So, what’s in a name? A rose would smell as sweet, and so on… but a novel is like a child, and you spend so much time with it as it grows, learning what it wants to be, getting to grips with its tantrums and moods, guiding its ambitions, and being constantly surprised and amazed by what it becomes… I can’t imagine Dora by any other name. Knowing that Riptide was a temporary title hasn’t lessened the jolt of losing it; after so many months, it had become Riptide.

The Visitors grows on me by the day. It has the human element I wanted so badly, and it has a ghostly feel which I love. As my friend Iain pointed out, I spent so long looking for The Best Name Of Any Book In The World Ever Ever Ever – which doesn’t exist, of course – that I stopped being able to consider what was right in front of me. I’ve often used the idiom of not seeing the wood for trees when discussing writing – and writing novels in particular – and it’s proved true for this title search as well.

I can barely express my relief of being out of those woods…

Jane’s editorial notes have arrived, and I’m really excited about some of her ideas. Next stop: the final draft.


The horizon

What a couple of weeks. The start of college has been a bit rough, but we’re getting there. I’m spread fairly thin at the moment, and it doesn’t feel like I’m getting much done… but in the background I’ve completely redrafted my flash fiction collection Marrow, so that’s ready for typesetting when I find the time to get to grips with InDesign. Paragraph Planet published a 75-word story from that collection last week, too, which is pretty cool. I’ve also redrafted the longer short story I talked about in my last post, and started blocking out my new novel in the excellent Scrivener.

Even more exciting, Riptide is beginning to gather pace. I’m expecting notes from my editor this week, so I can start work on what should be the final draft, and I’ve just had a sneak peek at a rough of the cover art, which is scintillating. While I’ve been so busy drowning in real life, just trying to stay afloat, seeing the cover has been a timely reminder of what I’m working towards. The artwork is simply perfect, but I’ll wait for a final version before I share it.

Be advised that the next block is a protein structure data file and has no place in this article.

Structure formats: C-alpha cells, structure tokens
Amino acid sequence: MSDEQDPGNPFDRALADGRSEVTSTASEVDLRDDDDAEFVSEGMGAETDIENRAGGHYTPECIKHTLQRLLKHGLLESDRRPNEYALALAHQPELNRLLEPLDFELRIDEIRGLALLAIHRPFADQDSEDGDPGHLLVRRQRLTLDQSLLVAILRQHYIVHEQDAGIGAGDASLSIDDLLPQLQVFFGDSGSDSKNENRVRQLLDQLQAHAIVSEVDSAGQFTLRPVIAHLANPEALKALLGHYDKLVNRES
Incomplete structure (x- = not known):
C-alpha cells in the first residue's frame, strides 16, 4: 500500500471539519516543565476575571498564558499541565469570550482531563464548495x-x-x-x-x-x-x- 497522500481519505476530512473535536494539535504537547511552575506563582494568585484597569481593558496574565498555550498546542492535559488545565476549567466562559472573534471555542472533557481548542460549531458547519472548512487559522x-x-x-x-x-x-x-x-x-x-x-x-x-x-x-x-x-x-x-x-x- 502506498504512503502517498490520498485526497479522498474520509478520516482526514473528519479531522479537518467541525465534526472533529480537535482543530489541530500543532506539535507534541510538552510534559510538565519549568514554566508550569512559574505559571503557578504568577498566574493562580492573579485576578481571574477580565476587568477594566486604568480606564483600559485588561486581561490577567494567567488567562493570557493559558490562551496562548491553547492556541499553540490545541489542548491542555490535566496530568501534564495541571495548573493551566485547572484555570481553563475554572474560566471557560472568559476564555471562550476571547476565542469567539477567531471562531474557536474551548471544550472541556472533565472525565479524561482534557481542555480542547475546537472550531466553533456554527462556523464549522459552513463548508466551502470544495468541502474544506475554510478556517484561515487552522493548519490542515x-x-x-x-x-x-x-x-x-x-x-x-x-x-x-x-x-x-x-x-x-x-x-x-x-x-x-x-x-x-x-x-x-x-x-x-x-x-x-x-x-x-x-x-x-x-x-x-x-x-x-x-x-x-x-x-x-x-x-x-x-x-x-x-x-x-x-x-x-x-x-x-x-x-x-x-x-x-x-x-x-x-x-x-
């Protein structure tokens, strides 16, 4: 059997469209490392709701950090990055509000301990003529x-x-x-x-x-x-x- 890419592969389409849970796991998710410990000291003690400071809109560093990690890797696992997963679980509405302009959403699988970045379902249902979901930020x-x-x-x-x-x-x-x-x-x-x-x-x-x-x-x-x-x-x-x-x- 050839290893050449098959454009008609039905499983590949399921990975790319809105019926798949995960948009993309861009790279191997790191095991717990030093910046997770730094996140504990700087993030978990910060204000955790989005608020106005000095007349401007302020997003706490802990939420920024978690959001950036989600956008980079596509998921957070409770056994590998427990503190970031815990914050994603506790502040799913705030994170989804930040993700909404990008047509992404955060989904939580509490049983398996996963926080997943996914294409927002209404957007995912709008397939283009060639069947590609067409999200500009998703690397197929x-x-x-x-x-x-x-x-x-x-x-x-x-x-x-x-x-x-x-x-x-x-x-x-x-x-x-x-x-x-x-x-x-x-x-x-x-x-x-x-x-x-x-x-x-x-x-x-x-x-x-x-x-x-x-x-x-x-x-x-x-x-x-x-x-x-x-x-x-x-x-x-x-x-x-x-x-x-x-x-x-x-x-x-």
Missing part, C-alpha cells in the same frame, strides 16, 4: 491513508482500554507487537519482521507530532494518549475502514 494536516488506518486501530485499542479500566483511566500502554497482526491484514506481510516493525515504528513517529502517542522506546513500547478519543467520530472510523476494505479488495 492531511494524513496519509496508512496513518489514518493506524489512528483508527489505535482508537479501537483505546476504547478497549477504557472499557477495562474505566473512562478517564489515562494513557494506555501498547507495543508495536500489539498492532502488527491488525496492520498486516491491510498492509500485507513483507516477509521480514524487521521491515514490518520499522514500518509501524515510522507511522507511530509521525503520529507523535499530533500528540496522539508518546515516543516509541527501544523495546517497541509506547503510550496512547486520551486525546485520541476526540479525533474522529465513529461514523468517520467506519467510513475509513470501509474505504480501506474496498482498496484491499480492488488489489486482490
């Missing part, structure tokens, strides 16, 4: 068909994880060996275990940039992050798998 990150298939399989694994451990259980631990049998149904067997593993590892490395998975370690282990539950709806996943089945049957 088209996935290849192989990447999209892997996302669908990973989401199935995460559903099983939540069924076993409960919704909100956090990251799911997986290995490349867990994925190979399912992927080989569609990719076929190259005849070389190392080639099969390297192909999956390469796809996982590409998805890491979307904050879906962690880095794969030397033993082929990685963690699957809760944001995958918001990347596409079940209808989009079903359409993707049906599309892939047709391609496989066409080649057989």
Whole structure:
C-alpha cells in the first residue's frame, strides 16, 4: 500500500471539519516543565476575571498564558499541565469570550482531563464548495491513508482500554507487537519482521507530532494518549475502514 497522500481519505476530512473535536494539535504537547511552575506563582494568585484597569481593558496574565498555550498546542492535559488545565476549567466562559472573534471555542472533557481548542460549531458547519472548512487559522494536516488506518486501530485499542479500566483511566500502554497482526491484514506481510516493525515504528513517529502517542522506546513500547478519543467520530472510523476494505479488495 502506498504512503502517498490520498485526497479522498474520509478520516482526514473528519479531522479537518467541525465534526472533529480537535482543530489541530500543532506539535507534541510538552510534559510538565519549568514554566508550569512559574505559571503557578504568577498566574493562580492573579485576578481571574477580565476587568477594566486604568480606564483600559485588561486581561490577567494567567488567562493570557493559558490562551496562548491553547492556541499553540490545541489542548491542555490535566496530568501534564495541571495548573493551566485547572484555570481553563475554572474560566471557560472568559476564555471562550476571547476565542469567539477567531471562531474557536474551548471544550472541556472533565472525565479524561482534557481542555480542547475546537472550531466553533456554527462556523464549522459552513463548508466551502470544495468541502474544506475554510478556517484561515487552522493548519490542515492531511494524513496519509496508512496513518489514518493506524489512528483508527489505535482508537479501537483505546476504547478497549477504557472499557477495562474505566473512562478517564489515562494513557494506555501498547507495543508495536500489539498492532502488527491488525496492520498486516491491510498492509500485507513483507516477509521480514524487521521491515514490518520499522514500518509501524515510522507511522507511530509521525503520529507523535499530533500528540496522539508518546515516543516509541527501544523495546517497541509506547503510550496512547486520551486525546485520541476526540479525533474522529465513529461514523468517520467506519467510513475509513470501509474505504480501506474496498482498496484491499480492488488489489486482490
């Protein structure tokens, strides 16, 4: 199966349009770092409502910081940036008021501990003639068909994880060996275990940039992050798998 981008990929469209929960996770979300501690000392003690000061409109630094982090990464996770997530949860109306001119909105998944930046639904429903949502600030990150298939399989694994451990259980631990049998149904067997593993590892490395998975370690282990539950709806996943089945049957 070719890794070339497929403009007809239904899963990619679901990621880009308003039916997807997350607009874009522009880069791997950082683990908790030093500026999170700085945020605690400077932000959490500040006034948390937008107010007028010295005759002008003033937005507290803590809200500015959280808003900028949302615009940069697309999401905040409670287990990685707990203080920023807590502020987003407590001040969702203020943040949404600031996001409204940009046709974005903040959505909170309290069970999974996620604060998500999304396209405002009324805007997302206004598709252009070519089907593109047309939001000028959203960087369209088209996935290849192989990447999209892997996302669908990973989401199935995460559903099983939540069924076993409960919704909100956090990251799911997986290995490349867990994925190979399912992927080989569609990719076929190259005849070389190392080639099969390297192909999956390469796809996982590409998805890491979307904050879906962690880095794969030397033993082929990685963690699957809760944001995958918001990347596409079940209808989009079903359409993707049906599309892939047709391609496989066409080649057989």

The 200th Spotlight Club in Lancaster is looming on the horizon. It feels like only last week I was reading at their open mic night. I’m excited about performing there again, and hopefully catching up with old friends Rich Turner, Dan Haywood and Paddy Garrigan (pictured above) – Paddy’s playing out the night, which should be a blast. I have two or three new pieces lined up. I’m going to start with a short story about guinea pigs, and finish with a very short 75-word piece about avocados. I think there’s probably time for another story in between, but I haven’t decided what just yet.

After Spotlight comes the Brewery open mic, if I can get a spot, and then Dreamfired in October. By happy coincidence, my storytelling uncle Rich Sylvester is up from London that night. I don’t get to see Rich very often, so if we’re organised enough, I’ll try and knock up a quick video of one of his stories.


Who likes short shorts?

I’m between novels – making notes for the second while working on edits for the first – and as a result of this fairly disjointed workflow, I’ve also been writing a lot of flash fiction. I write flash fiction for three reasons. In order of importance, these are:

1. To keep my writing and imagination ticking over.
2. As a depository for the ideas I haven’t time to develop.
3. To create short sharp stories for readings.

However you feel about flash fiction – and there are a lot of people who deem it totally irrelevant – these reasons are good enough for me. Number one, in particular, is very important to me when I’m so busy. I can’t work on a novel if I have a spare hour – I need more space in my head – but I can write flash. For me, flash fiction is a fun and constructive way to write more often (notwithstanding J. Robert Lennon’s excellent ‘ass-in-the-chair canard’, of course).

Like most writers, I suppose, I started learning my craft with short stories. In the first two years, almost all of them fell between 1,500 and 2,500 words. This wasn’t deliberate – I was simply writing stories that told themselves in that sort of space. As my writing developed, the scope of my ambition widened; I wrote Meat (mentioned briefly here), abandoned a subsequent novel at 50,000 words, and started work on my extremely long-running novella The Year of The Whale, which I had almost finished when Riptide exploded in my life. Over the following year, Riptide was pretty much the only thing I worked on. By this point, my longer pieces had absorbed any time for short story writing, with flash fiction increasingly fitting into the small hours between proper writing sessions.

In essence, then, I’d stopped writing short stories. But I’ve had an idea nagging me for a while, and it clearly wanted to be a short story. I decided to make it a little more considered than my older shorts, and spend more time letting the character paint the world around her. I finally settled down to work on it last week, and I finished a first draft last night. In my head, I expected it to be about 5,000 words, which is easily double the length of my next-longest short story. It has been a very strange space to work in, especially after so long away from the form.